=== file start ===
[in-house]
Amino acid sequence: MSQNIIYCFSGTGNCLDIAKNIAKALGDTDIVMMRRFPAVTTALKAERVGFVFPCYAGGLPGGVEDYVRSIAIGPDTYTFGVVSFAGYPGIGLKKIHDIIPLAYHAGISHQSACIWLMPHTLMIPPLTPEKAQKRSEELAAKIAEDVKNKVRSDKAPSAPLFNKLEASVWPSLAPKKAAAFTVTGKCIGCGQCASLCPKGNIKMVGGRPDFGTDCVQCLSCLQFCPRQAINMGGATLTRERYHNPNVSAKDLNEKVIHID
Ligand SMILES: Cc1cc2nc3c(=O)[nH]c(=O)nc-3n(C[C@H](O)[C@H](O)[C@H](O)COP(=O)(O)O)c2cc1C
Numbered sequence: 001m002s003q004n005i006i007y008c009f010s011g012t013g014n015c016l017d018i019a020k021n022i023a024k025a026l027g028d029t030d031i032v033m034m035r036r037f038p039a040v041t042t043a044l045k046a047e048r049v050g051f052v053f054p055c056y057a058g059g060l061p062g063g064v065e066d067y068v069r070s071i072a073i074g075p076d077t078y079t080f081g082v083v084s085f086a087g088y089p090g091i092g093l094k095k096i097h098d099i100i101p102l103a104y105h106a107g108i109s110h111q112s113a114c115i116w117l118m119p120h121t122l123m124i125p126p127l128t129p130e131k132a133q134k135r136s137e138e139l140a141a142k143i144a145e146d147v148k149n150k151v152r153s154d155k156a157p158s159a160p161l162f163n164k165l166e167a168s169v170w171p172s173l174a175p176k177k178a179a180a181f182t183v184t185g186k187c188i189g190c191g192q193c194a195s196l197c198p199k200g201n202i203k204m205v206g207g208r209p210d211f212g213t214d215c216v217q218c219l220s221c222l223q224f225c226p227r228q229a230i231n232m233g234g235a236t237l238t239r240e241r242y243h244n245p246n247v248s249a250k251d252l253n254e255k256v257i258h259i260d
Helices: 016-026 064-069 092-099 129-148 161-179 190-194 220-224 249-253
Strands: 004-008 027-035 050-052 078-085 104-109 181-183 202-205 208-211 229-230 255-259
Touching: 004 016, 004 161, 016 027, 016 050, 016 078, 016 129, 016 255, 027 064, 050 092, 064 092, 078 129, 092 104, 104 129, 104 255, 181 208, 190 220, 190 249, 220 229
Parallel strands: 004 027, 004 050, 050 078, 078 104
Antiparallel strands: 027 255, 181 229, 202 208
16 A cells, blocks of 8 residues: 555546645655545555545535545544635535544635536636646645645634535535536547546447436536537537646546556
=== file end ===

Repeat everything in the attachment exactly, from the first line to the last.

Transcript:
[in-house]
Amino acid sequence: MSQNIIYCFSGTGNCLDIAKNIAKALGDTDIVMMRRFPAVTTALKAERVGFVFPCYAGGLPGGVEDYVRSIAIGPDTYTFGVVSFAGYPGIGLKKIHDIIPLAYHAGISHQSACIWLMPHTLMIPPLTPEKAQKRSEELAAKIAEDVKNKVRSDKAPSAPLFNKLEASVWPSLAPKKAAAFTVTGKCIGCGQCASLCPKGNIKMVGGRPDFGTDCVQCLSCLQFCPRQAINMGGATLTRERYHNPNVSAKDLNEKVIHID
Ligand SMILES: Cc1cc2nc3c(=O)[nH]c(=O)nc-3n(C[C@H](O)[C@H](O)[C@H](O)COP(=O)(O)O)c2cc1C
Numbered sequence: 001m002s003q004n005i006i007y008c009f010s011g012t013g014n015c016l017d018i019a020k021n022i023a024k025a026l027g028d029t030d031i032v033m034m035r036r037f038p039a040v041t042t043a044l045k046a047e048r049v050g051f052v053f054p055c056y057a058g059g060l061p062g063g064v065e066d067y068v069r070s071i072a073i074g075p076d077t078y079t080f081g082v083v084s085f086a087g088y089p090g091i092g093l094k095k096i097h098d099i100i101p102l103a104y105h106a107g108i109s110h111q112s113a114c115i116w117l118m119p120h121t122l123m124i125p126p127l128t129p130e131k132a133q134k135r136s137e138e139l140a141a142k143i144a145e146d147v148k149n150k151v152r153s154d155k156a157p158s159a160p161l162f163n164k165l166e167a168s169v170w171p172s173l174a175p176k177k178a179a180a181f182t183v184t185g186k187c188i189g190c191g192q193c194a195s196l197c198p199k200g201n202i203k204m205v206g207g208r209p210d211f212g213t214d215c216v217q218c219l220s221c222l223q224f225c226p227r228q229a230i231n232m233g234g235a236t237l238t239r240e241r242y243h244n245p246n247v248s249a250k251d252l253n254e255k256v257i258h259i260d
Helices: 016-026 064-069 092-099 129-148 161-179 190-194 220-224 249-253
Strands: 004-008 027-035 050-052 078-085 104-109 181-183 202-205 208-211 229-230 255-259
Touching: 004 016, 004 161, 016 027, 016 050, 016 078, 016 129, 016 255, 027 064, 050 092, 064 092, 078 129, 092 104, 104 129, 104 255, 181 208, 190 220, 190 249, 220 229
Parallel strands: 004 027, 004 050, 050 078, 078 104
Antiparallel strands: 027 255, 181 229, 202 208
16 A cells, blocks of 8 residues: 555546645655545555545535545544635535544635536636646645645634535535536547546447436536537537646546556